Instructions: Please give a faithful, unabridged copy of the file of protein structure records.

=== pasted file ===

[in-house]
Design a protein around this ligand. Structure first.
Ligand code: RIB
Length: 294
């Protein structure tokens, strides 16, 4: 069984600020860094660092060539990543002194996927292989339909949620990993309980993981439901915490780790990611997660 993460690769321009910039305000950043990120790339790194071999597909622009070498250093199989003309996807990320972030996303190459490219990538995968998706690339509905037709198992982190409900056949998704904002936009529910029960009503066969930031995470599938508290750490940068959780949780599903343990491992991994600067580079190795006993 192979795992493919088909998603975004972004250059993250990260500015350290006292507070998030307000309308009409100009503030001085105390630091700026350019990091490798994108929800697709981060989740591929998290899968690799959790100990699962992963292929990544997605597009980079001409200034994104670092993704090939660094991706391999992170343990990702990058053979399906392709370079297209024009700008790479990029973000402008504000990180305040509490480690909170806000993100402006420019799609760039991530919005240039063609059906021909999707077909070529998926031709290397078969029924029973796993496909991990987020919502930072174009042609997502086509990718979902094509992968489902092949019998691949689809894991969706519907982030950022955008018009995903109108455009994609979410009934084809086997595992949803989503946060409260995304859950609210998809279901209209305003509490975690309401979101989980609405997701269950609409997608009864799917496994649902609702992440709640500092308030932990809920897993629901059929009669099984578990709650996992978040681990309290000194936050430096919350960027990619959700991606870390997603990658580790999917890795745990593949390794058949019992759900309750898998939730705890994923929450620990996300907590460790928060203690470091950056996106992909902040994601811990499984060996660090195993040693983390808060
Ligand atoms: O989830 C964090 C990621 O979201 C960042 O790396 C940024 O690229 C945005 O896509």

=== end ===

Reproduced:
[in-house]
Design a protein around this ligand. Structure first.
Ligand code: RIB
Length: 294
């Protein structure tokens, strides 16, 4: 069984600020860094660092060539990543002194996927292989339909949620990993309980993981439901915490780790990611997660 993460690769321009910039305000950043990120790339790194071999597909622009070498250093199989003309996807990320972030996303190459490219990538995968998706690339509905037709198992982190409900056949998704904002936009529910029960009503066969930031995470599938508290750490940068959780949780599903343990491992991994600067580079190795006993 192979795992493919088909998603975004972004250059993250990260500015350290006292507070998030307000309308009409100009503030001085105390630091700026350019990091490798994108929800697709981060989740591929998290899968690799959790100990699962992963292929990544997605597009980079001409200034994104670092993704090939660094991706391999992170343990990702990058053979399906392709370079297209024009700008790479990029973000402008504000990180305040509490480690909170806000993100402006420019799609760039991530919005240039063609059906021909999707077909070529998926031709290397078969029924029973796993496909991990987020919502930072174009042609997502086509990718979902094509992968489902092949019998691949689809894991969706519907982030950022955008018009995903109108455009994609979410009934084809086997595992949803989503946060409260995304859950609210998809279901209209305003509490975690309401979101989980609405997701269950609409997608009864799917496994649902609702992440709640500092308030932990809920897993629901059929009669099984578990709650996992978040681990309290000194936050430096919350960027990619959700991606870390997603990658580790999917890795745990593949390794058949019992759900309750898998939730705890994923929450620990996300907590460790928060203690470091950056996106992909902040994601811990499984060996660090195993040693983390808060
Ligand atoms: O989830 C964090 C990621 O979201 C960042 O790396 C940024 O690229 C945005 O896509």